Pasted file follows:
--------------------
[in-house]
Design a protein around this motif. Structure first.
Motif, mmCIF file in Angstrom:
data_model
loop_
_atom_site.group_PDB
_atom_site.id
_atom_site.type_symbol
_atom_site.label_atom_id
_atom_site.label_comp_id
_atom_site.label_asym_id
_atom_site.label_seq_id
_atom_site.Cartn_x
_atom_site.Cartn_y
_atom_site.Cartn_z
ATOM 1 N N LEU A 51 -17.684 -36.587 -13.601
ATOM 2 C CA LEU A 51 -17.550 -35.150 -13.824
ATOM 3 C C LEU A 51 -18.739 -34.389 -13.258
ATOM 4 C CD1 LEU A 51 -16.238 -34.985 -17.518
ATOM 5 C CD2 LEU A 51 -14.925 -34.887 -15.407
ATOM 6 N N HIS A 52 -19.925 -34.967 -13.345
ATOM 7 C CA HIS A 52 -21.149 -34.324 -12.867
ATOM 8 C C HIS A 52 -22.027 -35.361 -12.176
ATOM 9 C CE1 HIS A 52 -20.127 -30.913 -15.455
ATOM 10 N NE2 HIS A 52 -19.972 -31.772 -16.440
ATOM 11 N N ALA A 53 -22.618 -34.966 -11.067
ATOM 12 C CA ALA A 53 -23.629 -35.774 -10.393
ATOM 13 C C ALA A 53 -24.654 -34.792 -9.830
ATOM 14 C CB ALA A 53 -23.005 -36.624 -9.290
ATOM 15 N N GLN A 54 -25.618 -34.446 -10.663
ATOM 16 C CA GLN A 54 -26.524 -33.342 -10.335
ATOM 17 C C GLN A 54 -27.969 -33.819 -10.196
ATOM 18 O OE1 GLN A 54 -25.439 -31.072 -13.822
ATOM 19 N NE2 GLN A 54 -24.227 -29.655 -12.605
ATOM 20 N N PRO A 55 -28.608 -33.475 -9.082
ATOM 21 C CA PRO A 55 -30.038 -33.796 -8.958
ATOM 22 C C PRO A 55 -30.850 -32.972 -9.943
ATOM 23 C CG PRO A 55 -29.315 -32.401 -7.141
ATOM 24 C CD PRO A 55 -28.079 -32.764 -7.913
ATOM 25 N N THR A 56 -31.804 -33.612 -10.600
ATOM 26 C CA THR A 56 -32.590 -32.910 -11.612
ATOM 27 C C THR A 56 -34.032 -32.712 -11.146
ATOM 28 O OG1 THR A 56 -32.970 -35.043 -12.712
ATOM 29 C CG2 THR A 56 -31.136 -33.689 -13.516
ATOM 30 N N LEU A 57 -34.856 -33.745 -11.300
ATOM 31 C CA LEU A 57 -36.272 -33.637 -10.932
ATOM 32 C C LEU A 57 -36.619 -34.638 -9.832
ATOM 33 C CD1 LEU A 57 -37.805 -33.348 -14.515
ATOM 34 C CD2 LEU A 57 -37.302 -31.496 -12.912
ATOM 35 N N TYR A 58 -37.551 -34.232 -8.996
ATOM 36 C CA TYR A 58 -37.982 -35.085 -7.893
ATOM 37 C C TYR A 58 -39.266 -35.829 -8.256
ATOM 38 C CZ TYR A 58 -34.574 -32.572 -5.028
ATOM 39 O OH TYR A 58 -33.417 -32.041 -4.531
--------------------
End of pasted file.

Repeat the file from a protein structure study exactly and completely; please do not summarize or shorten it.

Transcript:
[in-house]
Design a protein around this motif. Structure first.
Motif, mmCIF file in Angstrom:
data_model
loop_
_atom_site.group_PDB
_atom_site.id
_atom_site.type_symbol
_atom_site.label_atom_id
_atom_site.label_comp_id
_atom_site.label_asym_id
_atom_site.label_seq_id
_atom_site.Cartn_x
_atom_site.Cartn_y
_atom_site.Cartn_z
ATOM 1 N N LEU A 51 -17.684 -36.587 -13.601
ATOM 2 C CA LEU A 51 -17.550 -35.150 -13.824
ATOM 3 C C LEU A 51 -18.739 -34.389 -13.258
ATOM 4 C CD1 LEU A 51 -16.238 -34.985 -17.518
ATOM 5 C CD2 LEU A 51 -14.925 -34.887 -15.407
ATOM 6 N N HIS A 52 -19.925 -34.967 -13.345
ATOM 7 C CA HIS A 52 -21.149 -34.324 -12.867
ATOM 8 C C HIS A 52 -22.027 -35.361 -12.176
ATOM 9 C CE1 HIS A 52 -20.127 -30.913 -15.455
ATOM 10 N NE2 HIS A 52 -19.972 -31.772 -16.440
ATOM 11 N N ALA A 53 -22.618 -34.966 -11.067
ATOM 12 C CA ALA A 53 -23.629 -35.774 -10.393
ATOM 13 C C ALA A 53 -24.654 -34.792 -9.830
ATOM 14 C CB ALA A 53 -23.005 -36.624 -9.290
ATOM 15 N N GLN A 54 -25.618 -34.446 -10.663
ATOM 16 C CA GLN A 54 -26.524 -33.342 -10.335
ATOM 17 C C GLN A 54 -27.969 -33.819 -10.196
ATOM 18 O OE1 GLN A 54 -25.439 -31.072 -13.822
ATOM 19 N NE2 GLN A 54 -24.227 -29.655 -12.605
ATOM 20 N N PRO A 55 -28.608 -33.475 -9.082
ATOM 21 C CA PRO A 55 -30.038 -33.796 -8.958
ATOM 22 C C PRO A 55 -30.850 -32.972 -9.943
ATOM 23 C CG PRO A 55 -29.315 -32.401 -7.141
ATOM 24 C CD PRO A 55 -28.079 -32.764 -7.913
ATOM 25 N N THR A 56 -31.804 -33.612 -10.600
ATOM 26 C CA THR A 56 -32.590 -32.910 -11.612
ATOM 27 C C THR A 56 -34.032 -32.712 -11.146
ATOM 28 O OG1 THR A 56 -32.970 -35.043 -12.712
ATOM 29 C CG2 THR A 56 -31.136 -33.689 -13.516
ATOM 30 N N LEU A 57 -34.856 -33.745 -11.300
ATOM 31 C CA LEU A 57 -36.272 -33.637 -10.932
ATOM 32 C C LEU A 57 -36.619 -34.638 -9.832
ATOM 33 C CD1 LEU A 57 -37.805 -33.348 -14.515
ATOM 34 C CD2 LEU A 57 -37.302 -31.496 -12.912
ATOM 35 N N TYR A 58 -37.551 -34.232 -8.996
ATOM 36 C CA TYR A 58 -37.982 -35.085 -7.893
ATOM 37 C C TYR A 58 -39.266 -35.829 -8.256
ATOM 38 C CZ TYR A 58 -34.574 -32.572 -5.028
ATOM 39 O OH TYR A 58 -33.417 -32.041 -4.531